Poverty is not something most Americans like to talk about. We’d rather roll up the car windows or walk on by. But poverty is real. It’s in our cities, it’s on our streets and it’s looking straight at us. But what isn’t so obvious, is the connection between poverty and child abuse. According to the Third National Incidence Study of Child Abuse and Neglect, abuse is 14 times more common in poor families — and neglect is 44 times more common. But the reasons why these numbers are so high aren’t always easy to explain.
When parents don’t have enough money to provide for their families, they do whatever it takes to survive. However, this added burden could lead to changes in parental mental health, caregiving behaviors or family dynamics that put kids at risk for neglect and abuse. But a little extra support can go a long way. In fact, a University of Wisconsin-Madison study found that mothers who received more child support income were less likely to be reported for child abuse.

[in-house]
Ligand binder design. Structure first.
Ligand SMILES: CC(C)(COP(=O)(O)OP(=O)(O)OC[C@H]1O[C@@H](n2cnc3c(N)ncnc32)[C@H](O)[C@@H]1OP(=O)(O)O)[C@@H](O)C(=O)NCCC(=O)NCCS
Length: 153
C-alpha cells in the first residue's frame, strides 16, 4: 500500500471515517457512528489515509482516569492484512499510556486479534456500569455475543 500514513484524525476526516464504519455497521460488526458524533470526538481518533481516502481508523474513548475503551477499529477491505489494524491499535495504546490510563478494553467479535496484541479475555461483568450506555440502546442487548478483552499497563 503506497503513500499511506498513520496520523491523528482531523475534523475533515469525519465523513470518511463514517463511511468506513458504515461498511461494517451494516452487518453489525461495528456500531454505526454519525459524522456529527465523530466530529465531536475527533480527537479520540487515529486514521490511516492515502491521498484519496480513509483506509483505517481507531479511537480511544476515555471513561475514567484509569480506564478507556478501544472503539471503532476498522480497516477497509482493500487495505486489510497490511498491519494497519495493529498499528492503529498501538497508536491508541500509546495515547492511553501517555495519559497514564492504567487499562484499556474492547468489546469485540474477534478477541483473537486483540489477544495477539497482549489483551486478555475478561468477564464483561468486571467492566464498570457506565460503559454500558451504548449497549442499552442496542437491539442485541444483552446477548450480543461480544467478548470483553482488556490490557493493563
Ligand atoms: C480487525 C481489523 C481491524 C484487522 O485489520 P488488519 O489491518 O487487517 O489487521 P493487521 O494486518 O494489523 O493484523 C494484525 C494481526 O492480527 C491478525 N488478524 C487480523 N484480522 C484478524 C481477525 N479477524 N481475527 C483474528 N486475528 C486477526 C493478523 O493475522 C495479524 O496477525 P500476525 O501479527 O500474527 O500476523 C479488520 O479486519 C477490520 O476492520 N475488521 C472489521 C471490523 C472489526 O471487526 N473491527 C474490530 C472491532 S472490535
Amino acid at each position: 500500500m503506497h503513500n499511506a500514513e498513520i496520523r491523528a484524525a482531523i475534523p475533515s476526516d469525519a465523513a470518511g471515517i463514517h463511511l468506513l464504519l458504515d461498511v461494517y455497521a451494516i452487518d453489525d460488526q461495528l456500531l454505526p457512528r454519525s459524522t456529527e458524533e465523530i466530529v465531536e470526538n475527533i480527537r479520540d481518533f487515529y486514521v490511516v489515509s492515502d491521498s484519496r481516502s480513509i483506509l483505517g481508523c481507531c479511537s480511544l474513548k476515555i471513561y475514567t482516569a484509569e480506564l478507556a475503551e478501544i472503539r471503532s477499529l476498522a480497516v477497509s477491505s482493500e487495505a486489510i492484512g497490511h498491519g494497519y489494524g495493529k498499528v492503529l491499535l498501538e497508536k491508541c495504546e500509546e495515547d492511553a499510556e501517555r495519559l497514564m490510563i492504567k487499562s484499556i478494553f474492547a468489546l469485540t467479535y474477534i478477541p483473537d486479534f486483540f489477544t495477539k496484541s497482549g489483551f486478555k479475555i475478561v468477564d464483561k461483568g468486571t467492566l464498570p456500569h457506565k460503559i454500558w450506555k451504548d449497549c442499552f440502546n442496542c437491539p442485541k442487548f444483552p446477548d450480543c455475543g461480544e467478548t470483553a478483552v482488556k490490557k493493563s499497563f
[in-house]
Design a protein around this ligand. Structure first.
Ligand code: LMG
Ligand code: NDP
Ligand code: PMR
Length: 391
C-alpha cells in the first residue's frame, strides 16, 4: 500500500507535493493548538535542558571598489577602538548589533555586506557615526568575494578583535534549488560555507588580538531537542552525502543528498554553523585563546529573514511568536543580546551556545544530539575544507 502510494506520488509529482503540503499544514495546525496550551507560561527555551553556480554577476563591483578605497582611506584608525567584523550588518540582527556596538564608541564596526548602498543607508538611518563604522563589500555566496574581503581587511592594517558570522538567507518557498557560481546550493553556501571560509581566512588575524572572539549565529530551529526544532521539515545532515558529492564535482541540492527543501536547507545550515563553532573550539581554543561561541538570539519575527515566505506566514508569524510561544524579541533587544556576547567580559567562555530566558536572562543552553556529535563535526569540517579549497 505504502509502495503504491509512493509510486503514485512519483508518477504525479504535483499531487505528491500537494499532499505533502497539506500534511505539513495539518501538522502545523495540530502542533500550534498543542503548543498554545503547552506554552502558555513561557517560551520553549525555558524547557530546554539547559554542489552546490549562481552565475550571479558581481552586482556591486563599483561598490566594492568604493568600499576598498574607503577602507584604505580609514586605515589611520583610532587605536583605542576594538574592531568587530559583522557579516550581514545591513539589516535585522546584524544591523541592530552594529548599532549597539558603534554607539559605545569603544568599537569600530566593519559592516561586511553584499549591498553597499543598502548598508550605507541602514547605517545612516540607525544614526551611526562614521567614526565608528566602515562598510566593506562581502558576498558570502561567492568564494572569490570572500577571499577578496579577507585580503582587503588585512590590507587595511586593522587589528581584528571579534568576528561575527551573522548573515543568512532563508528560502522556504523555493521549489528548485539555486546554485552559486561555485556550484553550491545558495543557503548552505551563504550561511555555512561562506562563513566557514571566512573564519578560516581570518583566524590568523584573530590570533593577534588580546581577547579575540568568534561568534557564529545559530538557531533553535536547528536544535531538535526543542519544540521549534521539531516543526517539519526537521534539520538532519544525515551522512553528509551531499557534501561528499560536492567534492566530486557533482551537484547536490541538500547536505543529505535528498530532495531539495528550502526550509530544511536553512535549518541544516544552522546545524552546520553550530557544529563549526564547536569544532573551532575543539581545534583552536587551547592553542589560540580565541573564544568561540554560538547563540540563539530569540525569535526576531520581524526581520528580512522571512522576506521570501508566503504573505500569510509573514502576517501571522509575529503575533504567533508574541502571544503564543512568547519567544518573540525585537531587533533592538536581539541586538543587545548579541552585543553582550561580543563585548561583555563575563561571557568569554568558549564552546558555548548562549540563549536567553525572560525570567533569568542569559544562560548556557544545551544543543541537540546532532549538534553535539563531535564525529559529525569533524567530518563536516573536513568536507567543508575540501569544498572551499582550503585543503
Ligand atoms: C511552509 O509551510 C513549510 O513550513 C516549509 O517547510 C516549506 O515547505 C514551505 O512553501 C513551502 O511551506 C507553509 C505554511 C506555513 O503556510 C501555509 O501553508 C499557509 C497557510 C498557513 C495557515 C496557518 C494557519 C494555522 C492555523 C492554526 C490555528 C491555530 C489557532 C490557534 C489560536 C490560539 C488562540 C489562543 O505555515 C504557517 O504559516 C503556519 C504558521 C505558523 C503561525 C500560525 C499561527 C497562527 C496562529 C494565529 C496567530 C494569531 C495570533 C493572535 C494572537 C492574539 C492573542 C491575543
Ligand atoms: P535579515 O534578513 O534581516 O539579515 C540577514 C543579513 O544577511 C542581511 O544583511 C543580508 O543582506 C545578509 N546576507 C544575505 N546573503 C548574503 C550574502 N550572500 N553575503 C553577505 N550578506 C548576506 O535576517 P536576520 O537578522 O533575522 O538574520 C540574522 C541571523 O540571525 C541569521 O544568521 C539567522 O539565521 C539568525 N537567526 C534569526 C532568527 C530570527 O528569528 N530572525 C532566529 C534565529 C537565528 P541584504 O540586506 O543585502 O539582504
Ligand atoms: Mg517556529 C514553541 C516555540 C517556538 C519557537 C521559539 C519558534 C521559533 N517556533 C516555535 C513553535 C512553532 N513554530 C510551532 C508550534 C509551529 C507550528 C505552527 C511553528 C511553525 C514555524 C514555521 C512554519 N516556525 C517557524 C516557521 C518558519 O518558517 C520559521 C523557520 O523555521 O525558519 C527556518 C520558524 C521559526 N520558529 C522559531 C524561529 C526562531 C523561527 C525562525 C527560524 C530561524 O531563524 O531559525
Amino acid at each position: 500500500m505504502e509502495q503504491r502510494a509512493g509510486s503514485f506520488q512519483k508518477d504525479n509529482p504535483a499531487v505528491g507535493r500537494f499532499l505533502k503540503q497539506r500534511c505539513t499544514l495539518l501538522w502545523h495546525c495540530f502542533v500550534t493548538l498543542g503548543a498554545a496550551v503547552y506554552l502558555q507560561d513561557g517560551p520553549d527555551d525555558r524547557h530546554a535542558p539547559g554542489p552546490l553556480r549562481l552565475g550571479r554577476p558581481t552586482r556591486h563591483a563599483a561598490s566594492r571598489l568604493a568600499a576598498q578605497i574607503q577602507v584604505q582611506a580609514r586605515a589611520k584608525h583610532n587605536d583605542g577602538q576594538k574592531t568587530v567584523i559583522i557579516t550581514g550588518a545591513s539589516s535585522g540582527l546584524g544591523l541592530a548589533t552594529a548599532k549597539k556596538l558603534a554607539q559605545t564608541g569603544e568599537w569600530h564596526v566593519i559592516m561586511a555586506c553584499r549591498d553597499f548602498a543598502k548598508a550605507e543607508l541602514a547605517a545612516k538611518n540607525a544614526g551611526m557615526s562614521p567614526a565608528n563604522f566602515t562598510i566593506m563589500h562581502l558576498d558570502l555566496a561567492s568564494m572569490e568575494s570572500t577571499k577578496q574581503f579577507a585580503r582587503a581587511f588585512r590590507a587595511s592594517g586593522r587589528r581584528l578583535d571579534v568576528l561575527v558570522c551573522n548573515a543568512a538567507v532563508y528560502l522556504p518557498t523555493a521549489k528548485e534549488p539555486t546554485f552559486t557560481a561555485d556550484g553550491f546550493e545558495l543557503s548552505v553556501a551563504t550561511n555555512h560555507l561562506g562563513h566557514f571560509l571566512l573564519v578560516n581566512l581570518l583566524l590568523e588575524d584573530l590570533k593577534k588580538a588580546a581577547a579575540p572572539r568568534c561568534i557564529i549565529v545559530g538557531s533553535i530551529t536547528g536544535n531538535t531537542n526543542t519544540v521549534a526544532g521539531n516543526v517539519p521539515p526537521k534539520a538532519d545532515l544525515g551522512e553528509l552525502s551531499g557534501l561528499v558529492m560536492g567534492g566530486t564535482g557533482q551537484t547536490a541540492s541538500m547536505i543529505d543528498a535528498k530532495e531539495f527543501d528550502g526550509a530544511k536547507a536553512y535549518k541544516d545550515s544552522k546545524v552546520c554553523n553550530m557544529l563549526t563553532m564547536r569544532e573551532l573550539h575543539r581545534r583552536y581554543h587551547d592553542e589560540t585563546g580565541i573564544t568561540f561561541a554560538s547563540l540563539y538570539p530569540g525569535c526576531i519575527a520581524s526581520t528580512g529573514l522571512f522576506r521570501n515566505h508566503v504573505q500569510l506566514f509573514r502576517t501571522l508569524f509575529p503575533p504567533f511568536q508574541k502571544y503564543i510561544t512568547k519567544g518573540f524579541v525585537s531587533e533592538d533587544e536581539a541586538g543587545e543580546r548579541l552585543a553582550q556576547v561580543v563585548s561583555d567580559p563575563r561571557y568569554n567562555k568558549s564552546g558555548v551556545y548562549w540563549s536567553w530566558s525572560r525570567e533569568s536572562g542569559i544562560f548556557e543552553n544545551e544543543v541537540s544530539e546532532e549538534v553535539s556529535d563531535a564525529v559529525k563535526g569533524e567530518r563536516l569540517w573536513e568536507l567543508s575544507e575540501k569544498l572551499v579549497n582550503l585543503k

The Problem with Neglect
Among all types of child abuse, neglect represents 75% of all reported cases in the U.S. But are all of these cases legitimate, or have we been mistaking poverty for neglect?
Florida law defines neglect as occurring when “a child is deprived of, or is allowed to be deprived of, necessary food, clothing, shelter, or medical treatment.” Ironically, for poor families, this is the very definition of poverty itself. And while the law attempts to explain the difference between poverty (can’t provide due to financial reasons) and neglect (can provide, but won’t), mistakes in judgment are not uncommon.
Keeping Families Together
There are countless stories of children being taken away from their caregivers because poverty made it impossible to provide adequate housing or care. While every case is different, most families just need a little extra support to stay together.
Help us provide the basic necessities to victims of poverty and child abuse.